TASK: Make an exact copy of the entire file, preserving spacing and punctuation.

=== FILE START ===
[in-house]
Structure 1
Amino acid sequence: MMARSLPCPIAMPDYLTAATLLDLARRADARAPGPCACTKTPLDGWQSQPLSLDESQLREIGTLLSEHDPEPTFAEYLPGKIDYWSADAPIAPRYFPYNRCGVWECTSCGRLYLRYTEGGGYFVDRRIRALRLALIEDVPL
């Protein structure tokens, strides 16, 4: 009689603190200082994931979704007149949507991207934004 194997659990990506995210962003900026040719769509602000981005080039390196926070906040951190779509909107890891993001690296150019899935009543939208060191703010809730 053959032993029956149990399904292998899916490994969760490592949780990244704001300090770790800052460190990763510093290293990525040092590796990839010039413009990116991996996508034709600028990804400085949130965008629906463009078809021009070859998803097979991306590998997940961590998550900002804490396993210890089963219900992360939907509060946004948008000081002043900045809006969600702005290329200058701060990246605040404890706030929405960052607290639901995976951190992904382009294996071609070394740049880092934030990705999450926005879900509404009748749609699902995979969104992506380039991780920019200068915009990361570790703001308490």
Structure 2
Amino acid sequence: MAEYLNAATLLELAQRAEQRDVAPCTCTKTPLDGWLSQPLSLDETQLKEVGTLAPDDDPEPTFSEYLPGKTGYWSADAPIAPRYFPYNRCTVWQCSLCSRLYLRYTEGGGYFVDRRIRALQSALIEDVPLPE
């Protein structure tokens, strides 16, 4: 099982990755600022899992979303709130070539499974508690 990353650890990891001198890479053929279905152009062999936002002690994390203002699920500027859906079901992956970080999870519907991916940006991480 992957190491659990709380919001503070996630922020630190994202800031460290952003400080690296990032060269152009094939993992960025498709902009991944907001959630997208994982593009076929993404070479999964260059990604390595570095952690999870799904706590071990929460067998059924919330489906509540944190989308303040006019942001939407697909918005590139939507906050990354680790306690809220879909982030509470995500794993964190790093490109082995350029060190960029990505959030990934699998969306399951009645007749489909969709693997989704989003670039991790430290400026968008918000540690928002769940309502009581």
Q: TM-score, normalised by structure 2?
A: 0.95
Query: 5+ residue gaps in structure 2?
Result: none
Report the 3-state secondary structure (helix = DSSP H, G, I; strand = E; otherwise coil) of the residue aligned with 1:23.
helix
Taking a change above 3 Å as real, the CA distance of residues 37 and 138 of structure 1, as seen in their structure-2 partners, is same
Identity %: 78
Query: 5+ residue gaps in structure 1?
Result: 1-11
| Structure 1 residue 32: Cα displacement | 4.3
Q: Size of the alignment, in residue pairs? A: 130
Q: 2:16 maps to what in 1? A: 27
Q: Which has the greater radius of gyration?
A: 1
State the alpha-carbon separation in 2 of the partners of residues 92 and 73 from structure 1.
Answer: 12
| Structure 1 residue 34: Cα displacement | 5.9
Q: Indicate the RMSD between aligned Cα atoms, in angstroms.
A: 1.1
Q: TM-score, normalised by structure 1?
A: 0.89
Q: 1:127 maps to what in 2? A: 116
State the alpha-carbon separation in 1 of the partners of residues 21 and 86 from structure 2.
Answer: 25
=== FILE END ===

[in-house]
Structure 1
Amino acid sequence: MMARSLPCPIAMPDYLTAATLLDLARRADARAPGPCACTKTPLDGWQSQPLSLDESQLREIGTLLSEHDPEPTFAEYLPGKIDYWSADAPIAPRYFPYNRCGVWECTSCGRLYLRYTEGGGYFVDRRIRALRLALIEDVPL
């Protein structure tokens, strides 16, 4: 009689603190200082994931979704007149949507991207934004 194997659990990506995210962003900026040719769509602000981005080039390196926070906040951190779509909107890891993001690296150019899935009543939208060191703010809730 053959032993029956149990399904292998899916490994969760490592949780990244704001300090770790800052460190990763510093290293990525040092590796990839010039413009990116991996996508034709600028990804400085949130965008629906463009078809021009070859998803097979991306590998997940961590998550900002804490396993210890089963219900992360939907509060946004948008000081002043900045809006969600702005290329200058701060990246605040404890706030929405960052607290639901995976951190992904382009294996071609070394740049880092934030990705999450926005879900509404009748749609699902995979969104992506380039991780920019200068915009990361570790703001308490």
Structure 2
Amino acid sequence: MAEYLNAATLLELAQRAEQRDVAPCTCTKTPLDGWLSQPLSLDETQLKEVGTLAPDDDPEPTFSEYLPGKTGYWSADAPIAPRYFPYNRCTVWQCSLCSRLYLRYTEGGGYFVDRRIRALQSALIEDVPLPE
């Protein structure tokens, strides 16, 4: 099982990755600022899992979303709130070539499974508690 990353650890990891001198890479053929279905152009062999936002002690994390203002699920500027859906079901992956970080999870519907991916940006991480 992957190491659990709380919001503070996630922020630190994202800031460290952003400080690296990032060269152009094939993992960025498709902009991944907001959630997208994982593009076929993404070479999964260059990604390595570095952690999870799904706590071990929460067998059924919330489906509540944190989308303040006019942001939407697909918005590139939507906050990354680790306690809220879909982030509470995500794993964190790093490109082995350029060190960029990505959030990934699998969306399951009645007749489909969709693997989704989003670039991790430290400026968008918000540690928002769940309502009581």
Q: TM-score, normalised by structure 2?
A: 0.95
Query: 5+ residue gaps in structure 2?
Result: none
Report the 3-state secondary structure (helix = DSSP H, G, I; strand = E; otherwise coil) of the residue aligned with 1:23.
helix
Taking a change above 3 Å as real, the CA distance of residues 37 and 138 of structure 1, as seen in their structure-2 partners, is same
Identity %: 78
Query: 5+ residue gaps in structure 1?
Result: 1-11
| Structure 1 residue 32: Cα displacement | 4.3
Q: Size of the alignment, in residue pairs? A: 130
Q: 2:16 maps to what in 1? A: 27
Q: Which has the greater radius of gyration?
A: 1
State the alpha-carbon separation in 2 of the partners of residues 92 and 73 from structure 1.
Answer: 12
| Structure 1 residue 34: Cα displacement | 5.9
Q: Indicate the RMSD between aligned Cα atoms, in angstroms.
A: 1.1
Q: TM-score, normalised by structure 1?
A: 0.89
Q: 1:127 maps to what in 2? A: 116
State the alpha-carbon separation in 1 of the partners of residues 21 and 86 from structure 2.
Answer: 25